Monday, September 24, 2012

Tiffany Named National Merit Semifinalist

Tiffany was among six Lindbergh High School seniors named 2013 National Merit Scholarship Program semi-finalists. The National Merit Scholarship Program honors individual students who show exceptional academic ability and potential for success in rigorous college studies.

Lindbergh High School seniors (front row, from left) Vidhan Srivastava, RJ Mohr, (back row, from left) Tiffany Lee, Ananya Benegal, Becky Bavlsik and Allison Mather have been named semifinalists in the 2013 National Merit Scholarship Program.

According to Lindbergh High School online report published on Sept 17th, six Lindbergh seniors have been named semifinalists in the 2013 National Merit Scholarship Program. Vidhan Srivastava, RJ Mohr, Tiffany Lee, Ananya Benegal, Becky Bavlsik and Allison Mather are six of approximately 16,000 semifinalists named nationwide. These academically talented seniors have the opportunity to continue in the competition for 8,300 National Merit Scholarships worth more than $32 million, which will be awarded next spring.

About 1.5 million students in some 22,000 high schools enter the National Merit Scholarship competition annually when they take the Preliminary SAT/National Merit Scholarship Qualifying Test (PSAT/NMSQT®). This serves as an initial screen of program entrants. Of these entrants, some 16,000 Semifinalists are designated on a state representational basis, in numbers proportional to each state’s percentage of the nation’s high school graduating seniors. Semifinalists are the highest-scoring program entrants in each state and represent less than one percent of the state’s seniors.

To be considered for a National Merit Scholarship, Semifinalists have to fulfill requirements to advance to Finalist standing. Each Semifinalist submits a detailed scholarship application, which includes writing an essay and providing information about extracurricular activities, awards, and leadership positions. Semifinalists also have to have an outstanding academic record, be endorsed and recommended by a school official, and earn SAT scores that confirm their qualifying test performance. From the Semifinalist group, some 15,000 meet Finalist requirements. By the conclusion of the competition, about 7,800 Finalists are selected to receive prestigious National Merit Scholarships totaling nearly $35 million. Winners are the Finalist candidates judged to have the strongest combination of academic skills and achievements, extracurricular accomplishments, and potential for success in rigorous college studies. Scholarship winners represent less than 1% of the initial pool of student entrants (about 0.5% based on official statistics released by the National Merit Scholarship Corporation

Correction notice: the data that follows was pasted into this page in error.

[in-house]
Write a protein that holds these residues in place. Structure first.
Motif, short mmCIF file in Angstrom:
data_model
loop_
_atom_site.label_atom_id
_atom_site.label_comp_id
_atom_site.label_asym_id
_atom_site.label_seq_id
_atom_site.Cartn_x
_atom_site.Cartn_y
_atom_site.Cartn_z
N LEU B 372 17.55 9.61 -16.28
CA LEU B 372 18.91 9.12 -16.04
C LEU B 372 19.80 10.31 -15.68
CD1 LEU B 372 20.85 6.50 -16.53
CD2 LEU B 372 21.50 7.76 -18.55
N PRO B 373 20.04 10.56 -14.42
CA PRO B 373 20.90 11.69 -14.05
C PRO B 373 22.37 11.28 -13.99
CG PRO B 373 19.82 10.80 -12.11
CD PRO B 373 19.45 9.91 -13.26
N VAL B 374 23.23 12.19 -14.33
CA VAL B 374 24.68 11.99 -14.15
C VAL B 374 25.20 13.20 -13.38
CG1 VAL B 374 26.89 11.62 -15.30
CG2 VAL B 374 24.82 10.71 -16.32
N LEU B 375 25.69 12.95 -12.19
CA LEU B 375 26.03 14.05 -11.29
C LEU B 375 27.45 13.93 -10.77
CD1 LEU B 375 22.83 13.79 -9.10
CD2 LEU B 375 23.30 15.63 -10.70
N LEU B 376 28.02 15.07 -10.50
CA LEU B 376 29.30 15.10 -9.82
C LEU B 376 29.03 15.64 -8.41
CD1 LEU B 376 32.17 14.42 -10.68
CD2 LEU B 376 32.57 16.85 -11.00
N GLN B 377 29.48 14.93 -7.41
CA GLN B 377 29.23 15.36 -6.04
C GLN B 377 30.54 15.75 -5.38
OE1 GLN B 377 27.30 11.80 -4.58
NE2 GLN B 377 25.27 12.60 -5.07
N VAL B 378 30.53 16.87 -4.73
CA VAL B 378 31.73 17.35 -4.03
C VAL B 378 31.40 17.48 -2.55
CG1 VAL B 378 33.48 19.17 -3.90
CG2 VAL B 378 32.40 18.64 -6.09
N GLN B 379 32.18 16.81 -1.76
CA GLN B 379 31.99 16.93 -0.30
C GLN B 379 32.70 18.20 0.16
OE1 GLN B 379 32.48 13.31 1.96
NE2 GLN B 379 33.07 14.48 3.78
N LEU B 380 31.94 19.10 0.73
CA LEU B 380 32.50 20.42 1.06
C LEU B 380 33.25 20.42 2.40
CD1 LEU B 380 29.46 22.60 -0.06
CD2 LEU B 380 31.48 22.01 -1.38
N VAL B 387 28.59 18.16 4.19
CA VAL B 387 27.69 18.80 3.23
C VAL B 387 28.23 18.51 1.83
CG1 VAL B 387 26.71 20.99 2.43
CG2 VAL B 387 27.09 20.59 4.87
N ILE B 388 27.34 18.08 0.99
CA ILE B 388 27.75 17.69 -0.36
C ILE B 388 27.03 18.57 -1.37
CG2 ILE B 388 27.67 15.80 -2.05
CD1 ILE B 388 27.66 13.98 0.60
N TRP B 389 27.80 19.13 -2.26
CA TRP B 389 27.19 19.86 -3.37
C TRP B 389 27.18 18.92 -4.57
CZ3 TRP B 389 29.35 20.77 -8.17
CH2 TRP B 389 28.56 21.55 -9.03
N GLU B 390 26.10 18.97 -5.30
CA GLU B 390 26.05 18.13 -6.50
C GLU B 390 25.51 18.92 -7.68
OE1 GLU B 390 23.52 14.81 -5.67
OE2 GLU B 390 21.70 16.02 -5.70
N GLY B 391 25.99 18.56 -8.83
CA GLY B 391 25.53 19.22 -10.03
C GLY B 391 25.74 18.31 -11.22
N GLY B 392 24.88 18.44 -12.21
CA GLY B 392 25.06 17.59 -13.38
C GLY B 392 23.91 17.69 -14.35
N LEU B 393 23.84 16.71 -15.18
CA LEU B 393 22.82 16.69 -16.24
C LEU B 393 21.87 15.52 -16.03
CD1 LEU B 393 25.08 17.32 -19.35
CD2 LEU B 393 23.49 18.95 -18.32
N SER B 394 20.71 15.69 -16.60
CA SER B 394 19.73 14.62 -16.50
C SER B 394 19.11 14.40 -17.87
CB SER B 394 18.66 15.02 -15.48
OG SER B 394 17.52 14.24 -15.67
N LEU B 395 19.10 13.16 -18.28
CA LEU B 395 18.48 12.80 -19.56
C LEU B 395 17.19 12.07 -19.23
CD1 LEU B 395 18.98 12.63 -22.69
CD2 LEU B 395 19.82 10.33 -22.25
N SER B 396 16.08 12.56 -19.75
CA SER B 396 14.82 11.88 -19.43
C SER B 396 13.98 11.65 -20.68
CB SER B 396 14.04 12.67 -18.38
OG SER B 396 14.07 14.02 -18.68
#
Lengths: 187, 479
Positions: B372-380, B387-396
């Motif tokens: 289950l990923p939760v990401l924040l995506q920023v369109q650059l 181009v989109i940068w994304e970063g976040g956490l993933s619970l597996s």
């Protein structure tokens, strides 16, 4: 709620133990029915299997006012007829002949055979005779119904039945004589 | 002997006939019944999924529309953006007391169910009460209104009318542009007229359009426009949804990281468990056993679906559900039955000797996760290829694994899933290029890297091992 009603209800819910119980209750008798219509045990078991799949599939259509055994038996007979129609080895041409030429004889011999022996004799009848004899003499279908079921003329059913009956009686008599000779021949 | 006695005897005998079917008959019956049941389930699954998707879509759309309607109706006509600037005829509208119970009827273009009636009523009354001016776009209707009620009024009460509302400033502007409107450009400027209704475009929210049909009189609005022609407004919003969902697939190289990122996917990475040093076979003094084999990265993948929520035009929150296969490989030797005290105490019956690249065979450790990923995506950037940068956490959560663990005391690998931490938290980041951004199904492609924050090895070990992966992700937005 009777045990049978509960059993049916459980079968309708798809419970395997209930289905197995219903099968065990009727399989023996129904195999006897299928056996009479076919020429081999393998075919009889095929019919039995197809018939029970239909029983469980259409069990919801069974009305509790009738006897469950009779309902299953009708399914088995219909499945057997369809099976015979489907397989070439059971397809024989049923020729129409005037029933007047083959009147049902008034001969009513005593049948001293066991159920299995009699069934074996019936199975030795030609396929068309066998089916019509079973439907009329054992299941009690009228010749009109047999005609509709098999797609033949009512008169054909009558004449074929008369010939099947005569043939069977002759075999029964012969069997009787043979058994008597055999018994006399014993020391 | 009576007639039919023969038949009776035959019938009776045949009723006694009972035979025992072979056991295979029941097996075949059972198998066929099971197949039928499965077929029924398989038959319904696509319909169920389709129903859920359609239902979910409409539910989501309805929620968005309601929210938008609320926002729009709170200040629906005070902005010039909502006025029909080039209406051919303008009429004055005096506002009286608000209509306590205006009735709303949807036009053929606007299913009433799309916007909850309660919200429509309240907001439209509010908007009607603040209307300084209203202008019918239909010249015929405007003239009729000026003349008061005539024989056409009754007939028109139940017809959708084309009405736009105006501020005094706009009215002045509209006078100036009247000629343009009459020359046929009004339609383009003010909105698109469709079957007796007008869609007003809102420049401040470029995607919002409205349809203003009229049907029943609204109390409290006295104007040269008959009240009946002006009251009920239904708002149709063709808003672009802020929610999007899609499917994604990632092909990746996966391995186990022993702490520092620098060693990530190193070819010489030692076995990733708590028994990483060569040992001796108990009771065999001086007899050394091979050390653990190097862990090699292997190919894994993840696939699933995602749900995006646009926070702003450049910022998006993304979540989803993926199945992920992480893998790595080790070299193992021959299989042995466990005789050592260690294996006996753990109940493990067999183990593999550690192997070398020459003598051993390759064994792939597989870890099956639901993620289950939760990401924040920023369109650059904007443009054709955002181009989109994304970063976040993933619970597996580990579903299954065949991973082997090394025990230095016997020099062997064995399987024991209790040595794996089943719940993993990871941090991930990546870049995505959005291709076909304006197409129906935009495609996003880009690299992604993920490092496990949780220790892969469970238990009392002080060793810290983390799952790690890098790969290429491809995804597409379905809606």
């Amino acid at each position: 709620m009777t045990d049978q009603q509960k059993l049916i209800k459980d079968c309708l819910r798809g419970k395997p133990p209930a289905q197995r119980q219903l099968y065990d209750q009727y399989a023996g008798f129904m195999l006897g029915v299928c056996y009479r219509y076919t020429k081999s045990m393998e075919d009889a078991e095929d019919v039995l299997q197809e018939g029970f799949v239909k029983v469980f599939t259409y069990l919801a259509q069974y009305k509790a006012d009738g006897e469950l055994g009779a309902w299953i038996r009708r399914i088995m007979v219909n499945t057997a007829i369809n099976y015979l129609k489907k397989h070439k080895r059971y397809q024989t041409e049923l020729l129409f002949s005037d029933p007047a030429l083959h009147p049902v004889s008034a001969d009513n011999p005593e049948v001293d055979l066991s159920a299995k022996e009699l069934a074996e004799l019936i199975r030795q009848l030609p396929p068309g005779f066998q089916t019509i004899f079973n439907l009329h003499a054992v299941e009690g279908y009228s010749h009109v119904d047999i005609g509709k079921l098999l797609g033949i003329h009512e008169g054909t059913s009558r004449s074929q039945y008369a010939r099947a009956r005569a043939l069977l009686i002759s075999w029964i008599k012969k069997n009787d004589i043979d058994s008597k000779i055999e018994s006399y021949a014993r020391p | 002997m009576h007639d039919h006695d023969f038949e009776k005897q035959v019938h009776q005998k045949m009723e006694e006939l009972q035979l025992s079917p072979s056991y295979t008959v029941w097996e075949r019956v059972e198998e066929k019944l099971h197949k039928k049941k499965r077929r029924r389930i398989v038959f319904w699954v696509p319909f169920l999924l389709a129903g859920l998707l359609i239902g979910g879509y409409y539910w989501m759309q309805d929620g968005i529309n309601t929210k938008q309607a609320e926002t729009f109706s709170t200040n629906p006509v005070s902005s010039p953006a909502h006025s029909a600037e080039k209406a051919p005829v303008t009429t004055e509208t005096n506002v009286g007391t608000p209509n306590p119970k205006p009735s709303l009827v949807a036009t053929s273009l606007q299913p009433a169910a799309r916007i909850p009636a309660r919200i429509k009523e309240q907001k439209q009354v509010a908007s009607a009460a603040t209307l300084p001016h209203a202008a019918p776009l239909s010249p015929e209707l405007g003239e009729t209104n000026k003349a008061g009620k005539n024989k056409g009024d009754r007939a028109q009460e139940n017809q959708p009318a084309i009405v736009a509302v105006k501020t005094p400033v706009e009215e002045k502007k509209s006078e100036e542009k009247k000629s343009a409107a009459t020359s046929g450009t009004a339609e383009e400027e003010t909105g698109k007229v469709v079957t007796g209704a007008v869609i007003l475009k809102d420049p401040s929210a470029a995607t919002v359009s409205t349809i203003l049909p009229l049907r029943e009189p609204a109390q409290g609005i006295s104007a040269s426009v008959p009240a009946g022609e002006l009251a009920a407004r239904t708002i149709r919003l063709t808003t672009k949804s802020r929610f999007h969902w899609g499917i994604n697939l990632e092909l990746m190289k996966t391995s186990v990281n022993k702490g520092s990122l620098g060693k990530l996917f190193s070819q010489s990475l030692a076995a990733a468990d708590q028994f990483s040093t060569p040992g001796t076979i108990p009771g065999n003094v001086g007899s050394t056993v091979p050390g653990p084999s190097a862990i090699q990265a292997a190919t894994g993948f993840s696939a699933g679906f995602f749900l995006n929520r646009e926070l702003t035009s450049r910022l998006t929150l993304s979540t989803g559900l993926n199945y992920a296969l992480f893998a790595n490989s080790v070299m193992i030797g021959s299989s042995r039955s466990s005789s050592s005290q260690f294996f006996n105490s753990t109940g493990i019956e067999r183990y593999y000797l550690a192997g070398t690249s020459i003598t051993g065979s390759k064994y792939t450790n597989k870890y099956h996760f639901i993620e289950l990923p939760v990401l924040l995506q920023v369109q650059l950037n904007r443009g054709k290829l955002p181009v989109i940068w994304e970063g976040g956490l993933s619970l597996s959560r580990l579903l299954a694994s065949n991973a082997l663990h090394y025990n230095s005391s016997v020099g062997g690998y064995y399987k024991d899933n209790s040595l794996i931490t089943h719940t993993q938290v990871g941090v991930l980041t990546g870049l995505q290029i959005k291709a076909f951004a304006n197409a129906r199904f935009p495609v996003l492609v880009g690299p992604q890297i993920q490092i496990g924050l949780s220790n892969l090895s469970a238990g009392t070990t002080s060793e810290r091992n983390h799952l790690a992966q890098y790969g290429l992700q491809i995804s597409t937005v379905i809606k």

Wednesday, September 19, 2012

Tiffany in STARS

Tiffany joined 80 other highschool students from 33 highschool nationwide this summer in a six-week-long intensive research program. Her paper titled “Analysis of Cholesterol Effects on Surrounding Phospholipids in Cell Membranes using Molecular Dynamics Simulations”was selected as the recipients of the “LMI Aerospace Inc. Award for Excellence in Research”. UMSL Chancellor Tom George is hosting an awards banquet on Monday, October 8, 2012.

Below is news article from Lindbergh High School

Lindbergh High School students (L-R) Stephanie Fei, Shravan Dommaraju and Tiffany Lee were among more than 80 aspiring scientists who spent six weeks this summer conducting intensive research with St. Louis-area professionals and professors as part of the 2102 Students and Teachers as Research Scientists Program (STARS) at the University of Missouri–St. Louis.

The students were paired with top research mentors from UMSL, the Donald Danforth Plant Science Center, Saint Louis University, Washington University in St. Louis, and the Solae Company. Lindbergh students worked on research including:
  • Shravan Rama Dommaraju, “Hydrogen Bonding Energies in DNA Nearest Neighbors,” with Dr. Brent Znosko of Saint Louis University